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UNESCO HIV and Health Education Clearinghouse

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  1. Best practices for adolescent- and youth-friendly HIV Services: a compendium of selected projects in PEPFAR-supported countries

    The goal of this compendium is to answer critical questions that move forward USAID’s mission of supporting (a) the adoption of evidence-based practices in adolescent- and youth-friendly HIV care and services to help at-risk adolescents (ages 10–19 years) and youth (ages 15–24 years) stay HIV-free, and (b) the provision of comprehensive packages of HIV prevention, care, treatment, and retention services to adolescents and youth living with HIV in order to promote their successful transition to adulthood.

  2. Mapping HIV services and policies for adolescents: A survey of ten countries in sub-Saharan Africa

    PEPFAR and USAID, in collaboration with UNICEF, supported AIDSTAR-One in conducting a mapping activity to identify HIV policies and services for adolescents in 10 sub-Saharan African countries: Kenya, Lesotho, Malawi, Mozambique, South Africa, Swaziland, Tanzania, Uganda, Zambia, and Zimbabwe. This technical report summarizes AIDSTAR-One’s findings and is a resource for program planners and policymakers working to improve services and policies for HIV prevention, care, and treatment among adolescents and ALHIV in sub-Saharan Africa. …

  3. Investing in youth for national development

    Despite the commitment of many policymakers and advocates to addressing the ever-increasing sexual and reproductive health needs of youth, calls for appropriate programs, services, and funding have gone largely unanswered. Youth around the world remain at high risk of unplanned pregnancy, HIV/AIDS, and sexually transmitted infections, even though many small-scale programs are ready for scale up and would help youth achieve their potential and help nations achieve their development goals. …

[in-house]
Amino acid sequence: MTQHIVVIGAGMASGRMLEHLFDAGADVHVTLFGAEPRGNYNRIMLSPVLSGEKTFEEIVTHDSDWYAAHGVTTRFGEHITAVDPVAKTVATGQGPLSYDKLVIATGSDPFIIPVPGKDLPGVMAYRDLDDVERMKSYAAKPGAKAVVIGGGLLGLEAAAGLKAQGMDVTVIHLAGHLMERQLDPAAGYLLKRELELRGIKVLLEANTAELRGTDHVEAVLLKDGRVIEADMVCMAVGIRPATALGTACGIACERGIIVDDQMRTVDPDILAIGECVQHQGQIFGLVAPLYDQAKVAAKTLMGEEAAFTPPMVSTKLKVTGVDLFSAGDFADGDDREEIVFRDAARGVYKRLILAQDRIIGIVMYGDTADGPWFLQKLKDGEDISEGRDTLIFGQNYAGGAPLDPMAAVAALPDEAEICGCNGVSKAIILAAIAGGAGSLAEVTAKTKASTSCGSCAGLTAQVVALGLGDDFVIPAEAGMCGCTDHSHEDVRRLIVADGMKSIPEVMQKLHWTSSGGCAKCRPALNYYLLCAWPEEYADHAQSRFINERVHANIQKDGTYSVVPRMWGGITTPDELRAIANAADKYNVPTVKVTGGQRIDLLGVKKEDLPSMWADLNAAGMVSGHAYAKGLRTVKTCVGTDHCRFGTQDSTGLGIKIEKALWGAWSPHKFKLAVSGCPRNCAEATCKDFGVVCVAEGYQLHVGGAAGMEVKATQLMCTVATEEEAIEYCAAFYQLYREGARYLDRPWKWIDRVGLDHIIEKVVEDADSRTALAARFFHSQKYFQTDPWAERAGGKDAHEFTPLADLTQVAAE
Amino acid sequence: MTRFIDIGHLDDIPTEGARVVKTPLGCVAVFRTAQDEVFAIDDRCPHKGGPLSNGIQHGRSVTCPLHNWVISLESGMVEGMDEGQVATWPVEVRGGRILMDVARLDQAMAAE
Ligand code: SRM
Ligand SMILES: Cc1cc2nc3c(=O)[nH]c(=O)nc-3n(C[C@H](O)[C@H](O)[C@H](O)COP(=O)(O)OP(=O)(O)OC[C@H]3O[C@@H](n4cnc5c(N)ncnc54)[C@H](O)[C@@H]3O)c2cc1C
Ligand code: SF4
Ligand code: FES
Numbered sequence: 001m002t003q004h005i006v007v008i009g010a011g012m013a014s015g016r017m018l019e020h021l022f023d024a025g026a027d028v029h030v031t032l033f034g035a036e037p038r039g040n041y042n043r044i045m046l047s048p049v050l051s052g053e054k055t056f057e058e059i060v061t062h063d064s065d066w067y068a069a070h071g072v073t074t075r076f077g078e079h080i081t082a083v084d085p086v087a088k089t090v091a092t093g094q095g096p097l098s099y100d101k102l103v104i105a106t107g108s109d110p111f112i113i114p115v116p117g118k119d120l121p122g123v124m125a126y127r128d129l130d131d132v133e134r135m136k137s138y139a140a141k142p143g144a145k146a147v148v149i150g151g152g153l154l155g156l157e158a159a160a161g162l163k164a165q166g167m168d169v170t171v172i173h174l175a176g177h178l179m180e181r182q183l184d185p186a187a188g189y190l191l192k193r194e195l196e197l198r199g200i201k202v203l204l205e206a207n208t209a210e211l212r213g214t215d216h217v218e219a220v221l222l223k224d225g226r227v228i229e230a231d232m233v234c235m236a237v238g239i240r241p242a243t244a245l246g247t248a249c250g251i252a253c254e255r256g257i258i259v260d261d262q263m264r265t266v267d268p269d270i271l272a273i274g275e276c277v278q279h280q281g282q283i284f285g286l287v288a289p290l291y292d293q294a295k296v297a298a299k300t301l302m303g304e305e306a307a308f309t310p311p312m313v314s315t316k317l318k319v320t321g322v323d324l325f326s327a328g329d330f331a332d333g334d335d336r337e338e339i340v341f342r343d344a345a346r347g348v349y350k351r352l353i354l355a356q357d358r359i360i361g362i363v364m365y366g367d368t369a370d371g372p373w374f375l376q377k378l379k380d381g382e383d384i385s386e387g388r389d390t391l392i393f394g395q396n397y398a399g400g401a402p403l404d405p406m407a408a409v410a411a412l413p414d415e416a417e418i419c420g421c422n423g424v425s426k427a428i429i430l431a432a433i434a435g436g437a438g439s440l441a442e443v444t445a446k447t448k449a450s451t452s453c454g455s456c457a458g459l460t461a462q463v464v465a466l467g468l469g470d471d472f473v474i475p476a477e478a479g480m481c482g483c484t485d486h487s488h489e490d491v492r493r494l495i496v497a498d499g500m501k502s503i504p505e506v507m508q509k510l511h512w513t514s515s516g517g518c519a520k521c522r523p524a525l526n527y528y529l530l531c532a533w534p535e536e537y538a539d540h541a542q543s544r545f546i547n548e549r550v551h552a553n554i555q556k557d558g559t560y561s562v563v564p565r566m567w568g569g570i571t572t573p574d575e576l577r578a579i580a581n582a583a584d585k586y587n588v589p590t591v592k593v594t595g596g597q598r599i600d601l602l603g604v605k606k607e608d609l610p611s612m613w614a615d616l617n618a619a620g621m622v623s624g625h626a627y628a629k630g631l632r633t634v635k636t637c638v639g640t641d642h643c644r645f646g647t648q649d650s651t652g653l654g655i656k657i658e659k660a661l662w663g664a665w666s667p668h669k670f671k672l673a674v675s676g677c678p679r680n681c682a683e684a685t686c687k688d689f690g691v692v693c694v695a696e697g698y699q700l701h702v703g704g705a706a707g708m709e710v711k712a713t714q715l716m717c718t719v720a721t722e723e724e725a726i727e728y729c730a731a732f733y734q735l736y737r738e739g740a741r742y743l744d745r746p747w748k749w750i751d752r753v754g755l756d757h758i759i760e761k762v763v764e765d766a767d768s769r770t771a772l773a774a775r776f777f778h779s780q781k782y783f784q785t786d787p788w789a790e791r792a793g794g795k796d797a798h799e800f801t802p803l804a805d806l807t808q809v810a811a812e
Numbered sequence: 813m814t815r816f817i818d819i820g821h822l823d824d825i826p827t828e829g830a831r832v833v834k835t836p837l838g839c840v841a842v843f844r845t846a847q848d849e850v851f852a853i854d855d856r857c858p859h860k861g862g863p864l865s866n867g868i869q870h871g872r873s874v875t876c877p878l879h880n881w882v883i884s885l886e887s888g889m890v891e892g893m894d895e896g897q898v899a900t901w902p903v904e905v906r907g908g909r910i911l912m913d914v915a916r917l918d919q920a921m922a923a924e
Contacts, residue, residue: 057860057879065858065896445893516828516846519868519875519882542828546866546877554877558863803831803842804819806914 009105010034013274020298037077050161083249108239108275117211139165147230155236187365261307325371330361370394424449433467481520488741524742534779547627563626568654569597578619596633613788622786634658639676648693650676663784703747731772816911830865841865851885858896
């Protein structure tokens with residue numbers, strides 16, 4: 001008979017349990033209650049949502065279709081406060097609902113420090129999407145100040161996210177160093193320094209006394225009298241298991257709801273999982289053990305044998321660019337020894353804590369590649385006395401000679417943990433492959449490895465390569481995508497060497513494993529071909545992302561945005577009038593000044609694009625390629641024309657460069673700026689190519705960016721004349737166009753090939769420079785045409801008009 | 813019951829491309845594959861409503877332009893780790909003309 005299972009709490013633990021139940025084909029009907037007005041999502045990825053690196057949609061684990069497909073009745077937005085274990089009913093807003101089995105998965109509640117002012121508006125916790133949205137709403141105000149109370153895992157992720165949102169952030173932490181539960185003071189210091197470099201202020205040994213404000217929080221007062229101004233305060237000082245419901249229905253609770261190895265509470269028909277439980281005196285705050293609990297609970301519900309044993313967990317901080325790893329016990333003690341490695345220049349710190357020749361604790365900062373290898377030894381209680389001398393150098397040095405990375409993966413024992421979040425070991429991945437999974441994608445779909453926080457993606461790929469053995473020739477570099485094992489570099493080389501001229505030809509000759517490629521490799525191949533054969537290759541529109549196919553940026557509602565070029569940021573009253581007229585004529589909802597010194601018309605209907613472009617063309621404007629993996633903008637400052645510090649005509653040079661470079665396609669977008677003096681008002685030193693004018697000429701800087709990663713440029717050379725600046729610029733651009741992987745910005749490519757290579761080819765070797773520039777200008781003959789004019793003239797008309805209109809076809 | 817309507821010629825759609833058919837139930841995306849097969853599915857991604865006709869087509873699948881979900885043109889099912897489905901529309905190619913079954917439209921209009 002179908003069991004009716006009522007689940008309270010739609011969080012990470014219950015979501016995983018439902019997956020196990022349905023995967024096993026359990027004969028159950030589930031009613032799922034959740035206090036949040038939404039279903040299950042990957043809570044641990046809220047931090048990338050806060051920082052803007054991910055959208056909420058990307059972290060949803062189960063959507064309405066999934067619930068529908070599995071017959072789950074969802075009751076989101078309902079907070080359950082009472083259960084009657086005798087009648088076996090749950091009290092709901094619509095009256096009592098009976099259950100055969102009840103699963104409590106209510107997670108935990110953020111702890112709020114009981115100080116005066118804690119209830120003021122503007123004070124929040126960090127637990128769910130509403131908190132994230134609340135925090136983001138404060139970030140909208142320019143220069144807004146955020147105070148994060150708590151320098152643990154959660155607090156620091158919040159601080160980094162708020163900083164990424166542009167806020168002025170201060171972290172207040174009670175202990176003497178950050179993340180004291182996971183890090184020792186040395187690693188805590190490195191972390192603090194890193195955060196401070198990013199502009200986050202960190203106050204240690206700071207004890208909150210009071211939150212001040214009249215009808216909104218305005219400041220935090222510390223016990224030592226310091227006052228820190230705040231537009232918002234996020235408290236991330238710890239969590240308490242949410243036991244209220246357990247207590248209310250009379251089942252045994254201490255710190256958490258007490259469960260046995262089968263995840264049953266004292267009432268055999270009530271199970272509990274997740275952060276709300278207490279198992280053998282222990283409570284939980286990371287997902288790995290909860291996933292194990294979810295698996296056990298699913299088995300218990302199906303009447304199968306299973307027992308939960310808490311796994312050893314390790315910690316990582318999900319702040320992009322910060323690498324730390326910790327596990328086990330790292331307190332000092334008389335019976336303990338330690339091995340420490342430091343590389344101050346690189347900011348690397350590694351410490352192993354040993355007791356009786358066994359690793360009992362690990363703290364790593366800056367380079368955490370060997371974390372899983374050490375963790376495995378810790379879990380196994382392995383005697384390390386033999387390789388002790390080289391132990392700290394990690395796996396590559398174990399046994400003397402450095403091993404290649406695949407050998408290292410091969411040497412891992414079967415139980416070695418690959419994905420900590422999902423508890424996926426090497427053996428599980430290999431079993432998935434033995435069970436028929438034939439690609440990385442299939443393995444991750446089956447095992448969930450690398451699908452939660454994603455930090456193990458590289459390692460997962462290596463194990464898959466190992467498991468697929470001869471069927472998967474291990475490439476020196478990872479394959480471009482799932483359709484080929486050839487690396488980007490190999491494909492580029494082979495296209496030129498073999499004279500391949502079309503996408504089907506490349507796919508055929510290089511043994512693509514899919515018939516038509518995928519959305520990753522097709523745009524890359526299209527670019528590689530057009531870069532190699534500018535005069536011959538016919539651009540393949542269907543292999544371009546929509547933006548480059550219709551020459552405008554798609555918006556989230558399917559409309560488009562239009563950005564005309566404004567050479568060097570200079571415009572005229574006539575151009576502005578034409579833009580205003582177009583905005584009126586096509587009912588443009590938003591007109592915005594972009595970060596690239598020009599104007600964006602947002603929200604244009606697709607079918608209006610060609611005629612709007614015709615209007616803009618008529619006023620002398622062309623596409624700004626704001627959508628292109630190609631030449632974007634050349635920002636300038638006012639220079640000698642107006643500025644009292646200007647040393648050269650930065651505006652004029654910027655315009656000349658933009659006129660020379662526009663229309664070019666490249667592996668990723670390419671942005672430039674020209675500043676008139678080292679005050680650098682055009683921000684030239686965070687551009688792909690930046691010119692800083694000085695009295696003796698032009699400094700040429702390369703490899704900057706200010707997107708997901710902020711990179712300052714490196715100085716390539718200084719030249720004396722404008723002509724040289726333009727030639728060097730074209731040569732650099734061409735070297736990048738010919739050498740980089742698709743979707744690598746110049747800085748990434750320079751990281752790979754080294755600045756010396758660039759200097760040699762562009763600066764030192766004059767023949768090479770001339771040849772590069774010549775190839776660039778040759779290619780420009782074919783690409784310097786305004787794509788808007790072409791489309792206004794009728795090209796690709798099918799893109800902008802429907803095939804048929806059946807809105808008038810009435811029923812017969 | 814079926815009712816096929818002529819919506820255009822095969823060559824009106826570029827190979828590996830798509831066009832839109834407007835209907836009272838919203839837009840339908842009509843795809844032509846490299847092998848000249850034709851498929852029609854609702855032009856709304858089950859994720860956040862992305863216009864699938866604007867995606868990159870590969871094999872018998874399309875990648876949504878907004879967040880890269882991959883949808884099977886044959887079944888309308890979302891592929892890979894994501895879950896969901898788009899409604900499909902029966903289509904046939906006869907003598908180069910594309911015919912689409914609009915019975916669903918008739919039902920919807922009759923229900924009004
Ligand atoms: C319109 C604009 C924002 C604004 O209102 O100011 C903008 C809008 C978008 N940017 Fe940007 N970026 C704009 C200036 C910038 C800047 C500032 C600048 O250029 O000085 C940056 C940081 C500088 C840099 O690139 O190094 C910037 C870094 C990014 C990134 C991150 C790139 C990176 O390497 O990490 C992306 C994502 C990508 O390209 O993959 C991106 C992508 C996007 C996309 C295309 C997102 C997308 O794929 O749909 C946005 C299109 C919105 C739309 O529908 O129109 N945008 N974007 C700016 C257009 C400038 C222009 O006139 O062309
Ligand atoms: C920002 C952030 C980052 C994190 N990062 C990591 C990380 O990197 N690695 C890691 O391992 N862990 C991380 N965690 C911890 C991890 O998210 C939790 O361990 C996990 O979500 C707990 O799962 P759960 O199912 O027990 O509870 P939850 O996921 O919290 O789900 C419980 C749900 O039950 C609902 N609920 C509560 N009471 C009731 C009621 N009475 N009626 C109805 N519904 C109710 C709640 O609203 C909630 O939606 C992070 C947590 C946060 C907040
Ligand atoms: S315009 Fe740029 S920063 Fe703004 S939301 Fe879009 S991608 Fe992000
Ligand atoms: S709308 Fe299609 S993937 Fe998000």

4. The economic returns to investing in youth in developing countries: a review of the literature

    This discussion series is produced by the Health, Nutrition, and Population Family (HNP) of the World Bank's Human Development Network. The series provides a vehicle for publishing preliminary and unpolished result of HNP topics to encourage discussion and debate. This review finds evidence that the effect of many investments on youth differ significantly by income and gender and also by counry context.

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